Reflecting on Race in America

by Ben Maksym on February 4, 2016 - 9:50am

I feel that issues of Race in America continue to be relevant, even since the civil-rights movement. They may have vanished from the public eye after legislation was passed to help people of color and to reduce their daily struggles, but they are certainly still relevant today, as has been shown on many occasions. For instance, the shootings in Ferguson and New York bear a striking resemblance to shootings carried out in the pre-civil-rights era south, where blacks were often threatened and killed with few to no repercussions against the murderer. Jim-Crow laws were also relevant then, and have been manipulated yet again to make voting for black Americans in some states a much harder ordeal than it otherwise has to be. For instance, laws in North Carolina based around voter-ID’s generally maintain a strong republican voting majority in the state as many of the democrats in the state who would vote are black and do not possess ID’s. This means that, much like in the pre-civil-rights era, majorities are trying to keep certain minorities down.

Additionally, there is also a great deal of anti-black propaganda and media; people of color are often portrayed as poor, stupid, thieving, and/or violent, which has led to increased rates of people being frisked in cities such as New York. It has also led to increased rates of police-based violence against the black communities in large cities, as well as an increased incarceration rate for blacks; 1 in 3 black men will be imprisoned in this country, while just 1 in 17 white men will be. Many of these stereotypes and the justifications for them lie in the war on drugs that has been waged by our government for over a decade, though it also displays an underlying racial bias and racist tendencies in our judicial systems and way of life.

However, I believe that there is also still hope. Movements such as Black Lives Matter are working to make differences today, just as the NAACP worked to improve the lives of black citizens today. With police-shootings around the country, media attention has begun focusing on the struggle of African Americans as well as people of color around the globe. While we are not a post-racist society as some said directly after the 2008 election of President Obama, we are certainly still working valiantly to correct racism and issues of race in our country.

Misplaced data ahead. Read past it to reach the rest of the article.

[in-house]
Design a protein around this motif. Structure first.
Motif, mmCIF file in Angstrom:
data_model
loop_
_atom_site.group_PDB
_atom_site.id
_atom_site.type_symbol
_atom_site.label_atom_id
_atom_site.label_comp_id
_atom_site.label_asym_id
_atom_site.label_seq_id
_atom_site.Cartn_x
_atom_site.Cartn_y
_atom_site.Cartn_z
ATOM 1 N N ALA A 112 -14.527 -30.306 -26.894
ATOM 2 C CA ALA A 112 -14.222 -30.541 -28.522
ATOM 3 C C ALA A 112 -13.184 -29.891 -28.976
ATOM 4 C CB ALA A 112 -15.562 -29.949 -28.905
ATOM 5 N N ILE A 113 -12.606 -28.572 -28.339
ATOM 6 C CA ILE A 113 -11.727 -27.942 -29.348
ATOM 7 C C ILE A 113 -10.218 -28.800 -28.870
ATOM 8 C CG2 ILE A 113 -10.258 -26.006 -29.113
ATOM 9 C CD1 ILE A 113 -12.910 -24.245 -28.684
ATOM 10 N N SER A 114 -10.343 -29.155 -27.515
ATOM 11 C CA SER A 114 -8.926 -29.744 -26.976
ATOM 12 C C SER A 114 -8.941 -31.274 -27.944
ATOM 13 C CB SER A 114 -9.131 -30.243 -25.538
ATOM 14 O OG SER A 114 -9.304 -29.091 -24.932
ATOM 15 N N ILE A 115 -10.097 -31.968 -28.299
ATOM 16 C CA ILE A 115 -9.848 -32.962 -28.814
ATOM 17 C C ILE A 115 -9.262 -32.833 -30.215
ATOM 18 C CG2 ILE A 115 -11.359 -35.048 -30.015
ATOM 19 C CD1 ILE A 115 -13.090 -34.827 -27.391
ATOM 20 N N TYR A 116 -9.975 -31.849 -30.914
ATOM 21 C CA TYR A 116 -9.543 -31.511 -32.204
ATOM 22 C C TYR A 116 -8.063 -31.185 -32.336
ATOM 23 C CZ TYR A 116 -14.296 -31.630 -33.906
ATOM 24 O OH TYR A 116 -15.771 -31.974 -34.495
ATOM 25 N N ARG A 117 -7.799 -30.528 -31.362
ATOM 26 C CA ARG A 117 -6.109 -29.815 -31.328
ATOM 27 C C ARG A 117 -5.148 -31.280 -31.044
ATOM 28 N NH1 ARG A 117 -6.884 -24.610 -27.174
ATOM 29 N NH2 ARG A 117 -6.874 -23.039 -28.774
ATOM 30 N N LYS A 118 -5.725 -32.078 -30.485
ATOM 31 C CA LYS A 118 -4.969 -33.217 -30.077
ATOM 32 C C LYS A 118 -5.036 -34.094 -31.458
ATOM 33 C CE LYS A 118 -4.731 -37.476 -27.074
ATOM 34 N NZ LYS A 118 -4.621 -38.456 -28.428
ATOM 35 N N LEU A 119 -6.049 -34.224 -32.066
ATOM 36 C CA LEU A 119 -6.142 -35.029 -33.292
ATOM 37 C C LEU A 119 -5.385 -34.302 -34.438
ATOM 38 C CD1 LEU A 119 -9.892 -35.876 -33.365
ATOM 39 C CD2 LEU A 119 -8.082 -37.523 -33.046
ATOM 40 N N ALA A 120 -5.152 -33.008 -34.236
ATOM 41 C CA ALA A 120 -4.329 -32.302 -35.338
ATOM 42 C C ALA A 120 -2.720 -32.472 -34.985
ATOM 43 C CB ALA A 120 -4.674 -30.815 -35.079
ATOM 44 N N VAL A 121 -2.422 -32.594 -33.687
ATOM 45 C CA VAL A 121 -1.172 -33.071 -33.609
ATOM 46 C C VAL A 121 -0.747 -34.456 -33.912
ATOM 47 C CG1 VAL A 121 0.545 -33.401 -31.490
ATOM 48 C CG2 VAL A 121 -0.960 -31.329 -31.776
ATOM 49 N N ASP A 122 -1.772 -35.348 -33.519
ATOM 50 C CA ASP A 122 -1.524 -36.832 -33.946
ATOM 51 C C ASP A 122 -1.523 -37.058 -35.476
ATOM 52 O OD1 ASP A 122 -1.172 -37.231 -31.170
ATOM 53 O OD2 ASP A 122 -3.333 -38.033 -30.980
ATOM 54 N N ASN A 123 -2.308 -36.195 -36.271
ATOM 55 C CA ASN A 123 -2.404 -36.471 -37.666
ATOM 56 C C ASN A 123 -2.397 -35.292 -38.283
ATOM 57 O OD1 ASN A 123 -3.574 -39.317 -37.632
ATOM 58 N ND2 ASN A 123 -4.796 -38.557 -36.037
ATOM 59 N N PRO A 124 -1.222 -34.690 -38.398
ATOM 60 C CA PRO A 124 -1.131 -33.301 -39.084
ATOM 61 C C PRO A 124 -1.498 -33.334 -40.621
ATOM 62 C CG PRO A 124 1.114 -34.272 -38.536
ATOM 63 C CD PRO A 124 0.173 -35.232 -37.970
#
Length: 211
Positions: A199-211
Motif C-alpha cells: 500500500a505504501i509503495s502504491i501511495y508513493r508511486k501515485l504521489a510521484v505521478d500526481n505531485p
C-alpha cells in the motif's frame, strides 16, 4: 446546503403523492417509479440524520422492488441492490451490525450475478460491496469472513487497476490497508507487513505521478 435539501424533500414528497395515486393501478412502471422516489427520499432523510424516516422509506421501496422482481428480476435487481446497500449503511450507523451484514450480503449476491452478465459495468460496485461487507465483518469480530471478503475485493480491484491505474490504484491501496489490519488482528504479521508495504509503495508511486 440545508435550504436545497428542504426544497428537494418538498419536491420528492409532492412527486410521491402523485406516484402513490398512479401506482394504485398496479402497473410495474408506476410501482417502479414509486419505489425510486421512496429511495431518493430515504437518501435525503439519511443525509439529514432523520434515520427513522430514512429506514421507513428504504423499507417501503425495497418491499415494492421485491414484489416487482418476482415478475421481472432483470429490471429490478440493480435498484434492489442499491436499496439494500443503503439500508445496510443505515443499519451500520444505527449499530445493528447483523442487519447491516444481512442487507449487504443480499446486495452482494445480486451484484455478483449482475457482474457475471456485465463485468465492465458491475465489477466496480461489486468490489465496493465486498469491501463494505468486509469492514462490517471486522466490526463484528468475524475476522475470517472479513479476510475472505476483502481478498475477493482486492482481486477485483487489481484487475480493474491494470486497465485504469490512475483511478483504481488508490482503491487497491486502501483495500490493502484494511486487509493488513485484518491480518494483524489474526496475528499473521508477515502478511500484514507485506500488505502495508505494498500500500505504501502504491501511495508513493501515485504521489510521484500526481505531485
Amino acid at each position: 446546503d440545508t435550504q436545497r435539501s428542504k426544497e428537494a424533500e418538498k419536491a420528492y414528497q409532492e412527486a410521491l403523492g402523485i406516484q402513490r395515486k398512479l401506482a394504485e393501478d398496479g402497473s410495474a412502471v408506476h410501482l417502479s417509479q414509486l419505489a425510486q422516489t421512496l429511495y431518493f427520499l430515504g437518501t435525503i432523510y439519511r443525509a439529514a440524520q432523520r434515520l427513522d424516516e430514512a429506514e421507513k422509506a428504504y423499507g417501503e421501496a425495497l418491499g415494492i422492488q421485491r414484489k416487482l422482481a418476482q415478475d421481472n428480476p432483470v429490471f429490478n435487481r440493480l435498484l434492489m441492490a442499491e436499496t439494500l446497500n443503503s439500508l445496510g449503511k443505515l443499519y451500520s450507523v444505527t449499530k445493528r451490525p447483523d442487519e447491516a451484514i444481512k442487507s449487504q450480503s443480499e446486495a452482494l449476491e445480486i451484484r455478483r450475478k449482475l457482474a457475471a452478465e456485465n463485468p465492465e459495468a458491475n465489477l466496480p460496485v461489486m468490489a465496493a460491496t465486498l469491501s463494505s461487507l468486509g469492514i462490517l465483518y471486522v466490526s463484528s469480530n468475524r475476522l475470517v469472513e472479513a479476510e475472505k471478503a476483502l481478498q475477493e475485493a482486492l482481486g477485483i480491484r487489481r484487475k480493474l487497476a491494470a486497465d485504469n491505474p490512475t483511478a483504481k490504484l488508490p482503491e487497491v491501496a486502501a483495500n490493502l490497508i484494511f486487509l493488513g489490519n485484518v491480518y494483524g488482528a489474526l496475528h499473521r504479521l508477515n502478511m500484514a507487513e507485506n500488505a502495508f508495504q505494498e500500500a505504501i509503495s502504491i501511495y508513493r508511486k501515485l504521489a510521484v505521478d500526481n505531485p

The title of your article is very captivating since this issue is huge in all countries and creates social and moral problems in all communities. I strongly agree with you in the sense that race is surrounded by many stereotypes and is a very biased subject to talk about openly without having any repercussions on your social image or identity. People quickly judge you if you mention something about a certain race or simply if you are a part of a classified minority race. Personally, growing up in a community with a lot of different races, language barriers and also different religious affiliations, I clearly understand the issue with race that you describe in your article. A lot of people I know or close friends of mine are subject to certain racial profiling cases or they are simply targeted or watched wherever they go. Being a Caucasian individual, I cannot really position myself to see how the others are feeling about this but something i can say is that even if i have never experienced it myself, I see it everywhere around wherever i go. I agree with you that it is getting better with more organizations in place to help these "groups" of people which in the end are exactly the same individuals as us. A specific case that I could relate to is when me and some friends were stopped by policeman in a park at night, we were 3 white males and 1 black male and as soon as they ran at us screaming police! The only man to be taken down and searched was our black friend, the rest of us were simply asked questions without any attitude or force. This is one of many examples we can use to support the summary above, thus proving that race in America and in the rest of the world is an issue and will never cease to be, the only thing we can do is decrease the times these cases happen and become a better unified community.

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